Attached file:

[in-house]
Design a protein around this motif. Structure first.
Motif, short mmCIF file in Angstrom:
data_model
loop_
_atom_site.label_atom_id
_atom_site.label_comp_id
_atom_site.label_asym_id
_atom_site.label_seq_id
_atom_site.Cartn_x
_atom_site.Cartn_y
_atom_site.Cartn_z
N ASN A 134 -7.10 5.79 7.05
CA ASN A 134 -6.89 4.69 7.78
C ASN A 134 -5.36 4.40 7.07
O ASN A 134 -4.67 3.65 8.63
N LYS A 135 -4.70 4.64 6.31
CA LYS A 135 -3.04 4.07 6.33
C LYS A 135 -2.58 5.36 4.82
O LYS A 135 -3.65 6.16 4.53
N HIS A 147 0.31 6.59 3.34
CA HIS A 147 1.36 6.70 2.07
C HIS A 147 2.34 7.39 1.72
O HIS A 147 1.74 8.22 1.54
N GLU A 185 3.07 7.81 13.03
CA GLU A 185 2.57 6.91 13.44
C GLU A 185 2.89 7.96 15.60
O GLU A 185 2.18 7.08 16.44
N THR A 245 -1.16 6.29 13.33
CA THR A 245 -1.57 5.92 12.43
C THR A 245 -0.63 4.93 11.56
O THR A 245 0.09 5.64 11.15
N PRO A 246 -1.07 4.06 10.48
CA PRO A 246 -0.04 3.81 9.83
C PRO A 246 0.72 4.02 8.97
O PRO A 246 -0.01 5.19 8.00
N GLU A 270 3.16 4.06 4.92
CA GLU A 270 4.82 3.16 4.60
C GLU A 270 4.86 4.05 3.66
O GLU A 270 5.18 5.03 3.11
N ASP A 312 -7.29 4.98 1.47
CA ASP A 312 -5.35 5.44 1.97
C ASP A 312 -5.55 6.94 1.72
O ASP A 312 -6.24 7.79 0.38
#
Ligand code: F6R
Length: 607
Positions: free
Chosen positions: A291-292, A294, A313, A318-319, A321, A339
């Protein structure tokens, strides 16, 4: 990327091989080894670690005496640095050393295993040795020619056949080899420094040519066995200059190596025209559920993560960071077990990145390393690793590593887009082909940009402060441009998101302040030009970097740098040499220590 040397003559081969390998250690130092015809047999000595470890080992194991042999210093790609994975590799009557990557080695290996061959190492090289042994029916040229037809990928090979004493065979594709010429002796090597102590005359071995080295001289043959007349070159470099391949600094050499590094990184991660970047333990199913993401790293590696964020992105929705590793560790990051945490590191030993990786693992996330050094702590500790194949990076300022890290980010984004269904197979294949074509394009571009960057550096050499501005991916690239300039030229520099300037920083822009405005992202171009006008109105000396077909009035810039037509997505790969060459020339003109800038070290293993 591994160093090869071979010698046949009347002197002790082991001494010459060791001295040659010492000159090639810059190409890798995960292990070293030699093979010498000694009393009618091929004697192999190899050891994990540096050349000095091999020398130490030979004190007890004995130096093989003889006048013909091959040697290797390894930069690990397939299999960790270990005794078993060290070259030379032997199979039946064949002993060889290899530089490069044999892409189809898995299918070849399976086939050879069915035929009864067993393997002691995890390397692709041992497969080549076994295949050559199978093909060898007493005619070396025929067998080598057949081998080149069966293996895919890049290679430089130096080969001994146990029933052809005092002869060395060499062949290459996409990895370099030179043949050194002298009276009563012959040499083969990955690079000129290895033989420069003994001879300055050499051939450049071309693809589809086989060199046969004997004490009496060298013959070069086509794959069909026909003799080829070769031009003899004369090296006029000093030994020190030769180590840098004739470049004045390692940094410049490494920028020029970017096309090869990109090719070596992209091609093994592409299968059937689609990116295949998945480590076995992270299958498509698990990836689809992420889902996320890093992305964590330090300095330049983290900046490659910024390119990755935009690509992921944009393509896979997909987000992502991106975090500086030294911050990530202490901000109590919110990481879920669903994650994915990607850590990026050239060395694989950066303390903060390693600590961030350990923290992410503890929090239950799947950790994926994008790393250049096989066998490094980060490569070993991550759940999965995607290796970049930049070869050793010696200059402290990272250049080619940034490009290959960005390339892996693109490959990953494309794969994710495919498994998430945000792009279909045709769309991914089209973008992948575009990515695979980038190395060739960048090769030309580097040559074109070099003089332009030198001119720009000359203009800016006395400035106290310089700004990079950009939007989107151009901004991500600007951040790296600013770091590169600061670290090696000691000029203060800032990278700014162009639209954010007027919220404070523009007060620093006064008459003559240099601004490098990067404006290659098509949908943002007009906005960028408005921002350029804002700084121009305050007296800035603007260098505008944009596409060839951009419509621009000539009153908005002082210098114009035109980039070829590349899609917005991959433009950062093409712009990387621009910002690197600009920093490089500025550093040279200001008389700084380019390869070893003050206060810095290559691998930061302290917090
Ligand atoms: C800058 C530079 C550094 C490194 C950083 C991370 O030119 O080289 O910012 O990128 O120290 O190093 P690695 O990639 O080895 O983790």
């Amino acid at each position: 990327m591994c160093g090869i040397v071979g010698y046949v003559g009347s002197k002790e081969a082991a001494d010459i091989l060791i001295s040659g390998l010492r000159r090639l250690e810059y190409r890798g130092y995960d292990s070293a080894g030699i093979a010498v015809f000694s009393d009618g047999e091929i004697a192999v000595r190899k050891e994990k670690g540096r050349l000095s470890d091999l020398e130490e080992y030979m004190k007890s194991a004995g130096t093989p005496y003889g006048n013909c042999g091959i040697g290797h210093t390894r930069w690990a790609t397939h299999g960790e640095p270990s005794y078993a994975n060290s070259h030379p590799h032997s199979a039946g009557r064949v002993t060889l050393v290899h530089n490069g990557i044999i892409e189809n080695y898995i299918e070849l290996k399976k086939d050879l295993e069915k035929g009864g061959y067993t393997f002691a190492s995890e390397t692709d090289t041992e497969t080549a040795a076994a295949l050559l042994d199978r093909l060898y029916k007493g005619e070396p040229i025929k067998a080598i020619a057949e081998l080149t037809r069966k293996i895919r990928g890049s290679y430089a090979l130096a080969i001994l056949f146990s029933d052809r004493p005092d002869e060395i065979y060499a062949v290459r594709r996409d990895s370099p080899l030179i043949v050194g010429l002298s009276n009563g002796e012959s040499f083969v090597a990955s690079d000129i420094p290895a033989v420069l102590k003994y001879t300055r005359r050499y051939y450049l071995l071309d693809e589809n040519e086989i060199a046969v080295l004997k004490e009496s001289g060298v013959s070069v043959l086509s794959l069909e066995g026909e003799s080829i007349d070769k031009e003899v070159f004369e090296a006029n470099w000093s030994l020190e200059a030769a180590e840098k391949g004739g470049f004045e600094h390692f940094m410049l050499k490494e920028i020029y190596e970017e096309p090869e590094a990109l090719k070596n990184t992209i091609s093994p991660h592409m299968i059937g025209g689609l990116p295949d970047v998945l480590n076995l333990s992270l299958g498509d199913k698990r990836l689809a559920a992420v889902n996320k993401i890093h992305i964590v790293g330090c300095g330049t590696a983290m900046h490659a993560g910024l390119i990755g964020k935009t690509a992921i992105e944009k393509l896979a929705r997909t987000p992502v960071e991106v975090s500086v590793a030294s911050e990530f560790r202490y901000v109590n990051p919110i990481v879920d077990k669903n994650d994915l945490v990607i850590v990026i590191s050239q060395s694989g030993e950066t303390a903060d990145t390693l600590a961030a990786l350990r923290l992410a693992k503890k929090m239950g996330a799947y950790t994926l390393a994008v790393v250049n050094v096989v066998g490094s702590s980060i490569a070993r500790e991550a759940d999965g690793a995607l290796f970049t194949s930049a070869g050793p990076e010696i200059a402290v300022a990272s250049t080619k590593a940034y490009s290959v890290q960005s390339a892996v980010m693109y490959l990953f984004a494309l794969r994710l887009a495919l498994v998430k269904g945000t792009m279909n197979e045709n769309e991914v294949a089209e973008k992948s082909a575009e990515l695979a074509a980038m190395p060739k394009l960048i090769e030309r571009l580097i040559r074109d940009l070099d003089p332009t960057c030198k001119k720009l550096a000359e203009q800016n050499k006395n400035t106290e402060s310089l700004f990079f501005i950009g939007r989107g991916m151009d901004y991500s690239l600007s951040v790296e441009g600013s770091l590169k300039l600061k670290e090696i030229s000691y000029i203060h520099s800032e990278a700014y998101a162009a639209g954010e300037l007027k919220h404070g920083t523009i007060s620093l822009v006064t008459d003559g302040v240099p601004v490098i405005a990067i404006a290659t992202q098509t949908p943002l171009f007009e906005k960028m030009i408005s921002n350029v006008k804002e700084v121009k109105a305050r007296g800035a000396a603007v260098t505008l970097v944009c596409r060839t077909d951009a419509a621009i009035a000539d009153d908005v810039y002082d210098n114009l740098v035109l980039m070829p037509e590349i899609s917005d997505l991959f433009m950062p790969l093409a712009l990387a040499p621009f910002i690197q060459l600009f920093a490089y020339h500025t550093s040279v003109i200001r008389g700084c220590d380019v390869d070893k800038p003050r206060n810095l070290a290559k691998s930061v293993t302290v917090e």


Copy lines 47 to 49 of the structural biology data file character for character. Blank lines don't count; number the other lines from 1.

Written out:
Length: 607
Positions: free
Chosen positions: A291-292, A294, A313, A318-319, A321, A339